The digital age has rapidly ushered in a complicated array of employment law questions. Do hiring managers have a right to judge job applicants based on their Facebook profiles? Can they go so far as to ask applicants for their social media passwords? Can workers be fired for sending personal emails or Tweets during working hours? Can an employee be retaliated against for gossiping or venting about his or her co-workers or supervisor online?
State and federal judges and lawmakers are grappling with these questions and more in an effort to understand how to apply employment and privacy laws, which were written before the days of social media, to these issues. In some cases, states are even deciding to write new laws to determine these answers. A case recently emerged here in Texas that involved a woman being fired over things she posted to her personal Facebook page.
The woman was a helicopter paramedic in Fort Worth, Texas, who reportedly posted on Facebook that she was becoming so upset with a disorderly patient that she wanted to slap her. A compliance officer with the employer learned about the post and used Facebook to warn the worker by sending her a message that employees can be fired for posting such things.
Instead of heading the warning, the paramedic argued a bit with the compliance officer through Facebook messages, and then proceeded to post another related complaint onto her Facebook profile.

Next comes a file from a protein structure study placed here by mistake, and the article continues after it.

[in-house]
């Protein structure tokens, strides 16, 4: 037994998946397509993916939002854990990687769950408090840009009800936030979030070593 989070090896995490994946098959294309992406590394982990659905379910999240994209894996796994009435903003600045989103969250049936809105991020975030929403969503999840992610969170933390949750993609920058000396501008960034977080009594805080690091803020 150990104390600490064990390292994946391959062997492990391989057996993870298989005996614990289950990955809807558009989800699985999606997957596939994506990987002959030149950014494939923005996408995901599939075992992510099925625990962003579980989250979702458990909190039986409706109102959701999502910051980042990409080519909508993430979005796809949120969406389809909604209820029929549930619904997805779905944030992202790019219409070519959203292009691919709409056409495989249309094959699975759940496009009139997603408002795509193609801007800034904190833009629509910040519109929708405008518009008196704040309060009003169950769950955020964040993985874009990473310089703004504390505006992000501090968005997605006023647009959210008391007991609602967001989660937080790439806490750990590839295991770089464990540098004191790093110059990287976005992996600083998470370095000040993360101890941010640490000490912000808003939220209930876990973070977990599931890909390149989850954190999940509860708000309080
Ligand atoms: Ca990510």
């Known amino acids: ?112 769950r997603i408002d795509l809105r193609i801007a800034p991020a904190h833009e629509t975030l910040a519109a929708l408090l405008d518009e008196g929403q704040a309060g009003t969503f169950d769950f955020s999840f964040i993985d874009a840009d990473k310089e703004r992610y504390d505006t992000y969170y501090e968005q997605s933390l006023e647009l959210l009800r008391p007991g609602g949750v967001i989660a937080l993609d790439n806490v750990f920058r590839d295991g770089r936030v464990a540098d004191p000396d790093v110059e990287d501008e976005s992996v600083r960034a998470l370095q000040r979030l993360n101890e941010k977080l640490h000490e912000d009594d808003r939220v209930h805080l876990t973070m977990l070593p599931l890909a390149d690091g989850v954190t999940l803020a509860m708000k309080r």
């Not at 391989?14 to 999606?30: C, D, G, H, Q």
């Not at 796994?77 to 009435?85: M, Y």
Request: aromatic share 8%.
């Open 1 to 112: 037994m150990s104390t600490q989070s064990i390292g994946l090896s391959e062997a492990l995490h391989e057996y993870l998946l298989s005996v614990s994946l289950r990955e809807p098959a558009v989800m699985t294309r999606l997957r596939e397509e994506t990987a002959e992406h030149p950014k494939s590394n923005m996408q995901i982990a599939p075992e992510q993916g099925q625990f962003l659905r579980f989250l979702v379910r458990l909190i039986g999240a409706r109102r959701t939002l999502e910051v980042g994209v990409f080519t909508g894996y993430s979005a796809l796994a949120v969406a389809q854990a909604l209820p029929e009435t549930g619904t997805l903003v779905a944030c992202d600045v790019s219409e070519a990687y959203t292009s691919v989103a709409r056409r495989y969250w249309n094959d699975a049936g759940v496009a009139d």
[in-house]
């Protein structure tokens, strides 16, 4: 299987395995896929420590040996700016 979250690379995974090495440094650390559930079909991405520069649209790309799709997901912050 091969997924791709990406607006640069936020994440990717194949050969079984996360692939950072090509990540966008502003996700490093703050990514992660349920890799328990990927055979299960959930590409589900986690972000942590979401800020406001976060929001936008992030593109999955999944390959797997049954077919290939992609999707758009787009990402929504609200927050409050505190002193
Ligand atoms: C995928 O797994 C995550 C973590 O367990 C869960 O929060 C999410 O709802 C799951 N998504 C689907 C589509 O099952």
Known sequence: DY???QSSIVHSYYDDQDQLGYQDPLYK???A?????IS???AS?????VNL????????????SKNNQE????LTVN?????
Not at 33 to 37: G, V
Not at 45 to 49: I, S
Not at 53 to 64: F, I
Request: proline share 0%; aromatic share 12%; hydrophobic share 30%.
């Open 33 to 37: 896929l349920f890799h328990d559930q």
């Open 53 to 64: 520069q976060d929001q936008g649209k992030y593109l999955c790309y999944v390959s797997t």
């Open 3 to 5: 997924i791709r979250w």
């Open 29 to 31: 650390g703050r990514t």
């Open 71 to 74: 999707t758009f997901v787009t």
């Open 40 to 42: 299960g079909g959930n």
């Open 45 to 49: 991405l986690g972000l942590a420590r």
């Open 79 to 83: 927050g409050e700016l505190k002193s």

The company's CEO was then notified and the paramedic was fired for being "unprofessional and insubordinate" to the compliance officer, according to a report by Courthouse News.
The woman sued the company for unlawful termination as well as invasion of privacy. She maintained that she was not fired for the Facebook posting but for blowing the whistle on a co-worker who was performing medical procedures for which he or she was not certified.
The court ruled in favor of the employer, and on appeal a higher court stated that the worker did not provide enough evidence to support the invasion of privacy claims. The former paramedic had not appealed the wrongful termination claim.
Although this woman lost her case, Texas employers are often in the wrong when they fire employees for their Facebook use. Anyone who has been fired due to social media issues is wise to seek legal counsel to learn whether his or her employer can be held accountable for wrongful termination.
Source: Courthouse News, "Medic Properly Fired for Work Rant on Facebook," David Lee, Oct. 8, 2012
- Our firm handles cases like the one discussed here. To learn more, visit our San Antonio Wrongful Termination page.